Following the death of Saudi King Abdullah bin Abdul Aziz in 2015, the star of Mohammad bin Salman (MBS), the son of the current King Salman, is on the rise.
With just seven years at the helm, he consolidated his control over the kingdom, resulting in him now being widely recognized as the uncrowned king.
Although he rose to prominence instantly after his father’s reign, he was officially named crown prince in 2017 and has never looked back. With growing concerns over the health of the nearly 86-year-old King Salman, MBS, 36, takes charge of all important matters of state and enjoys proper royal protocol, with the king rarely making public appearances .
It is reported that since the outbreak of Covid-19, King Salman has resided in Neom, a futuristic development on the Red Sea. His last meeting with a foreign official in Riyadh was in March 2020, when he spoke with then British Foreign Secretary Dominic Raab, and his last trip abroad was to Oman to present his condolences on the death of Sultan Qaboos in January 2020.
Apparently King Salman is fine with delegating all important matters to MBS, otherwise in an absolute monarchy no one can eclipse the ruling monarch.
In fact, King Salman actively helped MBS strengthen his grip on power and trusted the young crown prince.
It is widely recognized that MBS enjoys huge support among the country’s youth who constitute the majority in the kingdom.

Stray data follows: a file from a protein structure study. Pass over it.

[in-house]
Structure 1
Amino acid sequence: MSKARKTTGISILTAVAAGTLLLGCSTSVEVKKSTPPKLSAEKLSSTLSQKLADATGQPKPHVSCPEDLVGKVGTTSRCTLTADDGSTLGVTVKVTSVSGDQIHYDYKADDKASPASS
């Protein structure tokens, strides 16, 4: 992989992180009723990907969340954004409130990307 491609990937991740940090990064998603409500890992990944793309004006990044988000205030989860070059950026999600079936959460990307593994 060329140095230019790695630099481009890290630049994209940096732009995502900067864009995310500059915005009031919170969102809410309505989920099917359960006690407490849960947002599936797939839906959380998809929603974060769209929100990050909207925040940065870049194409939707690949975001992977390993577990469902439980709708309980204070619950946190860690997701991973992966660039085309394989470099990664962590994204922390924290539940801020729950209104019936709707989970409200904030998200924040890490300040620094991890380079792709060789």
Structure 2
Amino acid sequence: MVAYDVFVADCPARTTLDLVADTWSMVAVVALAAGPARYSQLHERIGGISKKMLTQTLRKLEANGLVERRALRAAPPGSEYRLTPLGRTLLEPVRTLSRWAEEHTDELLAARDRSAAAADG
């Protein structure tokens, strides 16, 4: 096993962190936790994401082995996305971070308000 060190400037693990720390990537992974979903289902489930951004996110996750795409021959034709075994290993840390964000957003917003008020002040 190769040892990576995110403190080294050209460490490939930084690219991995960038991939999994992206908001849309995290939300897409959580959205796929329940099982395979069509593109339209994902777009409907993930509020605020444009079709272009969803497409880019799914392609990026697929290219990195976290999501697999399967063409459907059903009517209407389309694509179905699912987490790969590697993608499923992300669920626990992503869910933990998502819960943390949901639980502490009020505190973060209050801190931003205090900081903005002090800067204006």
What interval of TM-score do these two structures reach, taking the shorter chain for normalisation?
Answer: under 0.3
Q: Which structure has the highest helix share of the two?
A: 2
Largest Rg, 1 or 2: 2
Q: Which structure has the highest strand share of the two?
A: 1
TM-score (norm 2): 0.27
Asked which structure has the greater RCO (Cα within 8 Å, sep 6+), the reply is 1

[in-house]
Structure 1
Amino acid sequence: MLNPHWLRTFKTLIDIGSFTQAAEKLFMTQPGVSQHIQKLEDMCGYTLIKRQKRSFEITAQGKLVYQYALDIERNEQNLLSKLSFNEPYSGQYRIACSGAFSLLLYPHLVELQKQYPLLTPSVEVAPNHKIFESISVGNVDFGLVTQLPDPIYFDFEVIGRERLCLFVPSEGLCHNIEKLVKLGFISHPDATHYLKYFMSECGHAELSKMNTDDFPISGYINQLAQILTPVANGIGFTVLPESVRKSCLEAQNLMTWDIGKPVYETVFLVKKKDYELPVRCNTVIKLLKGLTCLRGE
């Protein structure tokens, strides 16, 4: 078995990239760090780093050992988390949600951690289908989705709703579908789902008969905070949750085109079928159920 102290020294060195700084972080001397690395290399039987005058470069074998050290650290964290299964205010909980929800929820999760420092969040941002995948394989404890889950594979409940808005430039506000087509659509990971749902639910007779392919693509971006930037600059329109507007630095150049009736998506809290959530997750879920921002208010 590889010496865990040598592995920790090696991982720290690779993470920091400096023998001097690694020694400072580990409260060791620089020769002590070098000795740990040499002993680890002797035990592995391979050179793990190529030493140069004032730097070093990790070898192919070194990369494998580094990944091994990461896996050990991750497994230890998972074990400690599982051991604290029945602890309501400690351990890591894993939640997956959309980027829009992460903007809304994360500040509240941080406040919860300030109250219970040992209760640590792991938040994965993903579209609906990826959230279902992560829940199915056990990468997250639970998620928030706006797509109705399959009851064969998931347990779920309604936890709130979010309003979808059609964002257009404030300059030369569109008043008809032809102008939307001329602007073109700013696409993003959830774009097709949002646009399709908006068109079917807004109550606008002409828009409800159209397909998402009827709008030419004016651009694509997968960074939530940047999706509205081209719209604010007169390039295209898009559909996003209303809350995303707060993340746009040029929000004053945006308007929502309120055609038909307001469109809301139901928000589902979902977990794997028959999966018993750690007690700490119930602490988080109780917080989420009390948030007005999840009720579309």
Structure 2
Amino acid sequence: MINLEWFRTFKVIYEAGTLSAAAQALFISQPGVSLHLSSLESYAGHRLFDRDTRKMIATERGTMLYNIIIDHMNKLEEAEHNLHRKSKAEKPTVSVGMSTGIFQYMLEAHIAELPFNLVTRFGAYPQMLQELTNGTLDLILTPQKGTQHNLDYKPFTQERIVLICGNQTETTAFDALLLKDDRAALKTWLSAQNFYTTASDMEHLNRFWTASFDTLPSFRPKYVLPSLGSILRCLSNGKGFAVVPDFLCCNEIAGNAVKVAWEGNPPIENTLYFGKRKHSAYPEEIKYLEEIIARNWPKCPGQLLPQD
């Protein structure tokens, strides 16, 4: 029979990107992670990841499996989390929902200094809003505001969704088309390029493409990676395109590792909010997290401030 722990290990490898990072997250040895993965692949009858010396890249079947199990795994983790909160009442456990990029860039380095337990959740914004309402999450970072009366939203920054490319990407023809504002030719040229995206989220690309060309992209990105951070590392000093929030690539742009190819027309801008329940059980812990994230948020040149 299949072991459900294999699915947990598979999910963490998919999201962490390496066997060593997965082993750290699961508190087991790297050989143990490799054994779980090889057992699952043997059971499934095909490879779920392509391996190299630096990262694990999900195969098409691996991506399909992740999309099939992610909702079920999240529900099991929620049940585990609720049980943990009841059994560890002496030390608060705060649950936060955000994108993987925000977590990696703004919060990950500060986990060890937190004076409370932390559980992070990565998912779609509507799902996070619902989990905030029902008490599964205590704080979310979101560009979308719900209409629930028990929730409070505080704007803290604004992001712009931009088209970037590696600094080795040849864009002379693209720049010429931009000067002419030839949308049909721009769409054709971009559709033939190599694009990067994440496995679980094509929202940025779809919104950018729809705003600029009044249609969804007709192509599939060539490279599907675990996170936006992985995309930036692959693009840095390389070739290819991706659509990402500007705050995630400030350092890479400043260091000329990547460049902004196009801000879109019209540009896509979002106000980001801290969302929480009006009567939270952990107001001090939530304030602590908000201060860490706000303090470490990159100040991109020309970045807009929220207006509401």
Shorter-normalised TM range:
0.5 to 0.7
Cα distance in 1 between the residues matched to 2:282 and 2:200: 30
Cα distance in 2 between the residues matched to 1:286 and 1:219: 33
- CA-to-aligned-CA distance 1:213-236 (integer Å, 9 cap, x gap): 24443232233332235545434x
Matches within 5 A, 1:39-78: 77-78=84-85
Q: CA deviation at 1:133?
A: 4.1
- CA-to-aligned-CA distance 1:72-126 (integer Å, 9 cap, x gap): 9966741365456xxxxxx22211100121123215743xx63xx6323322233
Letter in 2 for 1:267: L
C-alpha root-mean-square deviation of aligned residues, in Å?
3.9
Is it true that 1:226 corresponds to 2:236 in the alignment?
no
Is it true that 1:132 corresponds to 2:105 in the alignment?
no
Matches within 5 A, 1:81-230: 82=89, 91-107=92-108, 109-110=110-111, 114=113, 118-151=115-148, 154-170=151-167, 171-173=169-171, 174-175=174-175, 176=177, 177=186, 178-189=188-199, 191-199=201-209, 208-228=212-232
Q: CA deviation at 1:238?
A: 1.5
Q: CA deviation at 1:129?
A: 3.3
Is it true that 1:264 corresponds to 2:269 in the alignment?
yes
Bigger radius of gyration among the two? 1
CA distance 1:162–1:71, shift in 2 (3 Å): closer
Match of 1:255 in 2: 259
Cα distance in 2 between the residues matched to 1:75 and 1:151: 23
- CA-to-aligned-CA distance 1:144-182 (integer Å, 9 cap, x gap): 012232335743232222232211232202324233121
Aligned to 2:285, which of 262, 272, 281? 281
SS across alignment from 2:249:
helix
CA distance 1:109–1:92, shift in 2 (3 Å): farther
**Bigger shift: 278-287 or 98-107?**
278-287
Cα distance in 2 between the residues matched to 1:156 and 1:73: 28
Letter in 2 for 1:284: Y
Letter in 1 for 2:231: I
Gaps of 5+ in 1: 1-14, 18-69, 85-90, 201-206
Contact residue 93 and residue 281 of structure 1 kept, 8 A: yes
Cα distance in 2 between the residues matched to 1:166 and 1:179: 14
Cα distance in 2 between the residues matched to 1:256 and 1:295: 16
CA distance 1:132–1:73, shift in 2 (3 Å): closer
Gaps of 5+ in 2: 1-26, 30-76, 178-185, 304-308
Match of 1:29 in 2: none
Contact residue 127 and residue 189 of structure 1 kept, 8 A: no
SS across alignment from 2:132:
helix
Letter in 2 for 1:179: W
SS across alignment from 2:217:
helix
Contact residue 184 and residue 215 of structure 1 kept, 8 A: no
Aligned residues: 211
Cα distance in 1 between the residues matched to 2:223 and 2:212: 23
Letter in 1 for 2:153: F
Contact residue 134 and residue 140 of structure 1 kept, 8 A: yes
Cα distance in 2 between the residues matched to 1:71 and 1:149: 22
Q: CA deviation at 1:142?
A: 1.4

This fact was recalled when a US intelligence report alleged that the crown prince approved the operation to capture or kill journalist Jamal Khashoggi, but within minutes of the report’s release many Saudis flooded Twitter with the hashtag saying, “We are all Mohammad bin Salman. Saudi Arabia’s biggest newspapers and TV stations did not cover the publication of the report, broadcasting sporting events and other unrelated programs instead.
It was mentioned in the press that the nation is fortified, adding that the Biden administration will soon realize that the complex problems of the region will not be solved by such methods.
Since becoming the de facto ruler, MBS has sought to position himself as a champion of human rights, even though his international reputation was damaged by the murder of Saudi journalist Jamal Khashoggi at the kingdom’s consulate in Istanbul.
The crown prince has opened up Saudi Arabia to tourists and foreign investment in a bid to diversify the economy of the world’s biggest oil exporter away from crude oil.
He oversaw sweeping social changes, including allowing women to drive and work in the public sector, allowing citizens to take advantage of the additional income and recreational opportunities that opened up across the country.
He even seemed more open to Israel than his father, allowing his commercial planes to fly over Saudi airspace.
MBS clearly benefited from MBS clearly benefited from the King’s longevity as his continued presence conveys traditional authority to cover up MBS’s youth and unconventional actions while rarely impeding them. Reliable sources confirm that the king is in excellent health, exercises daily but is 86 years old and is uncomfortable wearing a mask and tends to want to shake hands and greet people warmly, so extra precautions are taken to keep it safe and away from public gatherings.